The model is trained to minimise the mean squared error between the observed timeseries , corresponding to the evolution of the environment, and its prediction. In a probabilistic framework, this corresponds to maximising the loglikelihood in the graphical model depicted in Fig. 1(a). In this graph, the link from to represents stochastic dependence, as is formed by adding to a Gaussian noise term with zero mean and unit variance, whilst all remaining links represent deterministic dependences. The dashed lines indicate that only one of the two links is active, depending on whether the state transition is predictiondependent or observationdependent.
The model is trained using stochastic gradient descent, in which each minibatch consists of a set of segments of length randomly subsampled from . For each segment in the minibatch, the model uses the first observations to evolve the state and forms predictions of the last observations only. Training comprises three phases differing in the use of predictiondependent or observationdependent transitions (after the first transitions) and in the value of the prediction length . In the first phase, the model uses observationdependent transitions and predicts for timesteps. In the second and third phases, the model uses predictiondependent transitions and predicts for and timesteps respectively. During evaluation or usage, the model can only use predictiondependent transitions.
ActionDependent State Transition
A strong feature of the model of \citetoh15action described above is that the actions influence the state transitions only indirectly through the predictions or the observations. Allowing the actions to condition the state transitions directly could potentially enable the model to incorporate action information more effectively. We therefore propose the following backbone structure:
In the graphical model representation, this corresponds to replacing the link from to with a link from to as in Fig. 1(b).
ShortTerm versus LongTerm Accuracy
The last two phases in the training scheme of \citetoh15action described above are used to address the issue of poor accuracy that recurrent neural networks trained using only observationdependent transitions display when asked to predict several timesteps ahead. However, the paper does not analyse nor discuss alternative training schemes.
In principle, the highest accuracy should be obtained by training the model as closely as possible to the way it will be used, and therefore by using a number of predictiondependent transitions which is as close as possible to the number of timesteps the model will be asked to predict for. However, predictiondependent transitions increase the complexity of the objective function such that alternative schemes are most often used \citeptalvitie14model,bengio15scheduled,oh15action. Current training approaches are guided by the belief that using the observation , rather than the prediction , to form the state has the effect of reducing the propagation of the errors made in the predictions, which are higher at earlier stages of the training, enabling the model to correct itself from the mistakes made up to timestep . For example, [Bengio et al.(2015)Bengio, Vinyals, Jaitly, and Shazeer] introduce a scheduled sampling approach where at each timestep the type of state transition is sampled from a Bernoulli distribution, with parameter annealed from an initial value corresponding to using only observationdependent transitions to a final value corresponding to using only predictiondependent transitions, according to a schedule selected by validation.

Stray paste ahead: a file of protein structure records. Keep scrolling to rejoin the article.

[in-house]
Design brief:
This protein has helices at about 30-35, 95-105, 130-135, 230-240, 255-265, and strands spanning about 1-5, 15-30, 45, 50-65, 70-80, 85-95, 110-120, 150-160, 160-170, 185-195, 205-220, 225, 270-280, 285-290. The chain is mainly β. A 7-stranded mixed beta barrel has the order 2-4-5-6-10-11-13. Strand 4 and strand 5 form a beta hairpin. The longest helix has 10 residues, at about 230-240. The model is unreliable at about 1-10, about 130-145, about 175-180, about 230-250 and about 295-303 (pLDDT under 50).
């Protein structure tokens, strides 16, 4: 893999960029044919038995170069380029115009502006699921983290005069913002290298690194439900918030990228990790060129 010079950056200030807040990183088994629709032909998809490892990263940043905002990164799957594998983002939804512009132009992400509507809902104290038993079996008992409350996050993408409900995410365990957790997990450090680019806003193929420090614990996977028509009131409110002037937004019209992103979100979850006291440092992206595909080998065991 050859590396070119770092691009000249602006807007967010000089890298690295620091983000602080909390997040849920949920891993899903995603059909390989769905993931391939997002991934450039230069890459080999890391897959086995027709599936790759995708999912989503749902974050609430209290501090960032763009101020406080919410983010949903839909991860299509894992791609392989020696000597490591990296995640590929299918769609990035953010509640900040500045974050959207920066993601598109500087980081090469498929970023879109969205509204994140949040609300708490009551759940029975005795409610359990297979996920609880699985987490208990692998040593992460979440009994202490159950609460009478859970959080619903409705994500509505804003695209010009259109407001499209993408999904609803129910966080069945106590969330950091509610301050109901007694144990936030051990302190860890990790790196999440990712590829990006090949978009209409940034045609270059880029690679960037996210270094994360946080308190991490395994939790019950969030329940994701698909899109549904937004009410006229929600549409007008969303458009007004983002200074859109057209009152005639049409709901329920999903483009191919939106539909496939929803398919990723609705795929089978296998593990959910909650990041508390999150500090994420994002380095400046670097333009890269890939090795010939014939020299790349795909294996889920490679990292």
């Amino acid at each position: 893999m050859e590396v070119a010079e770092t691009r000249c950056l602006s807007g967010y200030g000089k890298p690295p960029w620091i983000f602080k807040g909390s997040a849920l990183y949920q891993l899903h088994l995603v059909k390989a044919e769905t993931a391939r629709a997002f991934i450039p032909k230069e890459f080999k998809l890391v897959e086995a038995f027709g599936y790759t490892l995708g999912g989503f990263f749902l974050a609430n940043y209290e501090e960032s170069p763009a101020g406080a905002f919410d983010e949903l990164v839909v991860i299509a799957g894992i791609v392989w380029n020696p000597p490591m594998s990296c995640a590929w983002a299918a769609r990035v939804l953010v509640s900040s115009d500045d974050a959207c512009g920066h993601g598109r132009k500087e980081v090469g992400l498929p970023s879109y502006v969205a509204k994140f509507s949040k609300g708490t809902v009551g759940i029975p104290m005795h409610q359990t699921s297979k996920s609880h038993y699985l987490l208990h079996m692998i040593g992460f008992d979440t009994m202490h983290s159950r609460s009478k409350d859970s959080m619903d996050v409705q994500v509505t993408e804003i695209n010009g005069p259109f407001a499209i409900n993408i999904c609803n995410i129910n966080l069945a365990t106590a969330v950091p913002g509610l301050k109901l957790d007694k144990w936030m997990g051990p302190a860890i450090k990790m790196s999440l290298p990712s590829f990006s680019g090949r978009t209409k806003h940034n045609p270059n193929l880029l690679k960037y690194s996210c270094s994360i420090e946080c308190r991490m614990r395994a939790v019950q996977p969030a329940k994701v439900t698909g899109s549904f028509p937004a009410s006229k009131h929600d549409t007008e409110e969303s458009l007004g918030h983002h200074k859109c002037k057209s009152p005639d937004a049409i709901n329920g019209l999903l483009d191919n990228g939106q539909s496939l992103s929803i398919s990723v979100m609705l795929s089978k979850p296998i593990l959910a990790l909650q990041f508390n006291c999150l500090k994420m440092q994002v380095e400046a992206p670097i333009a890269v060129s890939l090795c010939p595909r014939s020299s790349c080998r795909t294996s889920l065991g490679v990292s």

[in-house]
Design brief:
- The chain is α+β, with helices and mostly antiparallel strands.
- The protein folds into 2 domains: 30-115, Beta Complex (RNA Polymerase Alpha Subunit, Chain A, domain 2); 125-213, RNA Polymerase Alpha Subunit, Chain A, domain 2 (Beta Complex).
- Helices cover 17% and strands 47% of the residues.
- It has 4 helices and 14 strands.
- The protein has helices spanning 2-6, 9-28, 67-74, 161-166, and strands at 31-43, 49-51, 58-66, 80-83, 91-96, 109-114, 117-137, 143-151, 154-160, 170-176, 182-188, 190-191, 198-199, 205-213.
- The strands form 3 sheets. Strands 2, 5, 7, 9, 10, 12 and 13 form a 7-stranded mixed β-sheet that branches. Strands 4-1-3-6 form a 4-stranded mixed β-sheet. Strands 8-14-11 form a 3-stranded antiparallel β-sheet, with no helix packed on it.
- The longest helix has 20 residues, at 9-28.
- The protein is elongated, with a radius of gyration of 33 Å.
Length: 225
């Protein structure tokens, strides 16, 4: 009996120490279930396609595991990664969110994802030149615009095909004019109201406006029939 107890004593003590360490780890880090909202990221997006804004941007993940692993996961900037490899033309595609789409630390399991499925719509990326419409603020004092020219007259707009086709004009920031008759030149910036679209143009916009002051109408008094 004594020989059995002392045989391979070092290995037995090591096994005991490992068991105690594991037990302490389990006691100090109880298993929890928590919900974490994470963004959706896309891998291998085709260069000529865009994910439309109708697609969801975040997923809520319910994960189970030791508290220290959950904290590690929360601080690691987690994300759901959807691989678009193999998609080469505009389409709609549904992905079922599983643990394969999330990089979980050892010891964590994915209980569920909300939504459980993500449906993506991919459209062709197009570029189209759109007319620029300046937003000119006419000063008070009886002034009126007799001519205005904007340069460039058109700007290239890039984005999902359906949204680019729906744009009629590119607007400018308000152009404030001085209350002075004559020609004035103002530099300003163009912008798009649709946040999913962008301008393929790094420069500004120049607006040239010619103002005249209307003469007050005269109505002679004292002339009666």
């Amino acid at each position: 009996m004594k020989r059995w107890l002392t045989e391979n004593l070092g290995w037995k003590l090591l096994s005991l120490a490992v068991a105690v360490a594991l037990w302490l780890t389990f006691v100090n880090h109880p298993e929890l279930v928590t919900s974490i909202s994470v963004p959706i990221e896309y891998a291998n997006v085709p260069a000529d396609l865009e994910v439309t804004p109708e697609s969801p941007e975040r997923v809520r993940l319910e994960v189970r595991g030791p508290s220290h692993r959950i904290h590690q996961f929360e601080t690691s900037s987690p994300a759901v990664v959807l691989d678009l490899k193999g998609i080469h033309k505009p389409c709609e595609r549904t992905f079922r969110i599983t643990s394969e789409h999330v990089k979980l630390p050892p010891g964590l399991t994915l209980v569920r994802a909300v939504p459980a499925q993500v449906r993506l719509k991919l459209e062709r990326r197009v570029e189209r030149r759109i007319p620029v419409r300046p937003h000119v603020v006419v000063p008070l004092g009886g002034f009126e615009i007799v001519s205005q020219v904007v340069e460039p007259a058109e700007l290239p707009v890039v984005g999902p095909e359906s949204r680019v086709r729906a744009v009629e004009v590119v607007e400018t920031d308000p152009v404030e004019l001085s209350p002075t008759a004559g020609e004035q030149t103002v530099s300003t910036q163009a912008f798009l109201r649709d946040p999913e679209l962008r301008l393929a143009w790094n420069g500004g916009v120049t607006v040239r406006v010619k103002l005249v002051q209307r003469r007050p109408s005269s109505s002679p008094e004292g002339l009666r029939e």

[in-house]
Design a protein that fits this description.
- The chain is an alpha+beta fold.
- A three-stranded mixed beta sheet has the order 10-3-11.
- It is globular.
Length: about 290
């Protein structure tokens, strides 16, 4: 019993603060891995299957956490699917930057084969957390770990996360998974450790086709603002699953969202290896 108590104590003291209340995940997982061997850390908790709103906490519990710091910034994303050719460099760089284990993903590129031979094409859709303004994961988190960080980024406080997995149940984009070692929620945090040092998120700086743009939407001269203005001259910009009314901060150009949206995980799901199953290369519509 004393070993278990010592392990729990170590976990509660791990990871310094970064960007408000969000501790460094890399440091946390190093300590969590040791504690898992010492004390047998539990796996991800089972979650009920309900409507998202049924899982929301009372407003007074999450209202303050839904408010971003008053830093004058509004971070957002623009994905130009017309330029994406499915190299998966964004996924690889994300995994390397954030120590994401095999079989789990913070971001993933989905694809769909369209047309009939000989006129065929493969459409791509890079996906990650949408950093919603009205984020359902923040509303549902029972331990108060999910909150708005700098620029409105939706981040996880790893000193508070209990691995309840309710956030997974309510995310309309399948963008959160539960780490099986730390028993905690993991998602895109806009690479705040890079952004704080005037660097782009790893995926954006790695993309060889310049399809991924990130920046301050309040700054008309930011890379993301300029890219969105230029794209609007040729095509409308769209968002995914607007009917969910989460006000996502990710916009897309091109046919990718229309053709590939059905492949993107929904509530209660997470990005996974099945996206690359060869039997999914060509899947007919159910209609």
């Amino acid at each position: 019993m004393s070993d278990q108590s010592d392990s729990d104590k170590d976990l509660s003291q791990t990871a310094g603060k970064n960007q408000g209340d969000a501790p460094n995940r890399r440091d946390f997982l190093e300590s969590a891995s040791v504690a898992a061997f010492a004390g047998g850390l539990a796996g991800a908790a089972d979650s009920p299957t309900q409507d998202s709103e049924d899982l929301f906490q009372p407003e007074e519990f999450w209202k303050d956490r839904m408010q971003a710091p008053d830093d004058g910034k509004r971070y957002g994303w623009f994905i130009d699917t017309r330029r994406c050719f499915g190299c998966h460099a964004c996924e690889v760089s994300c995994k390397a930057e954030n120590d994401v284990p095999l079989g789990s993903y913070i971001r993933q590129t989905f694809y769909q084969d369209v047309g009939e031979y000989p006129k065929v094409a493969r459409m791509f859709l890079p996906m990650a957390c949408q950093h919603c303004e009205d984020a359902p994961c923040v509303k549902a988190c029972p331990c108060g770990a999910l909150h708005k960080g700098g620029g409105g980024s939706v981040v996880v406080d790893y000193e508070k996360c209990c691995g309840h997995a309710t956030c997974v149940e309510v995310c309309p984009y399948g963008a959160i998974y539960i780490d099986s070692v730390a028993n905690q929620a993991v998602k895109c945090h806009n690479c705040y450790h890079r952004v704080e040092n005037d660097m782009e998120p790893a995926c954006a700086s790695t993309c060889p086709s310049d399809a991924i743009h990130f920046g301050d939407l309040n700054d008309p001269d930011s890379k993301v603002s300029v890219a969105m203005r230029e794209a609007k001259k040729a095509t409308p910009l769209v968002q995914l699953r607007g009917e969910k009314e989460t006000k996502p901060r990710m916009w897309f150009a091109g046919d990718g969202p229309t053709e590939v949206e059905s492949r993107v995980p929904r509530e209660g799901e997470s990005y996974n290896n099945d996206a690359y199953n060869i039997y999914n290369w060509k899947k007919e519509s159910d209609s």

Our analysis of different training schemes on Atari, which considered the interplay among warmup length , prediction length , and number of predictiondependent transitions, suggests that, rather than as having a corrective effect, observationdependent transitions should be seen as restricting the time interval in which the model considers its predictive abilities, and therefore focuses resources. Indeed we found that, the higher the number of consecutive predictiondependent transitions, the more the model is encouraged to focus on learning the global dynamics of the environment, which results in higher longterm accuracy. The highest longterm accuracy is always obtained by a training scheme that uses only predictiondependent transitions even at the early stages of the training. Focussing on learning the global dynamics comes at the price of shifting model resources away from learning the precise details of the frames, leading to a decrease in shortterm accuracy. Therefore, for complex games for which reasonable longterm accuracy cannot be obtained, training schemes that mix predictiondependent and observationdependent transitions are preferable. It follows from this analysis that percentage of consecutive predictiondependent transitions, rather than just percentage of such transitions, should be considered when designing training schemes.
From this viewpoint, the poor results obtained in [Bengio et al.(2015)Bengio, Vinyals, Jaitly, and Shazeer] when using only predictiondependent transitions can be explained by the difference in the type of the tasks considered. Indeed, unlike our case in which the model is tolerant to some degree of error such as blurriness in earlier predictions, the discrete problems considered in [Bengio et al.(2015)Bengio, Vinyals, Jaitly, and Shazeer] are such that one prediction error at earlier timesteps can severely affect predictions at later timesteps, so that the model needs to be highly accurate shortterm in order to perform reasonably longerterm. Also, [Bengio et al.(2015)Bengio, Vinyals, Jaitly, and Shazeer] treated the prediction used to form as a fixed quantity, rather than as a function of , and therefore did not perform exact maximum likelihood.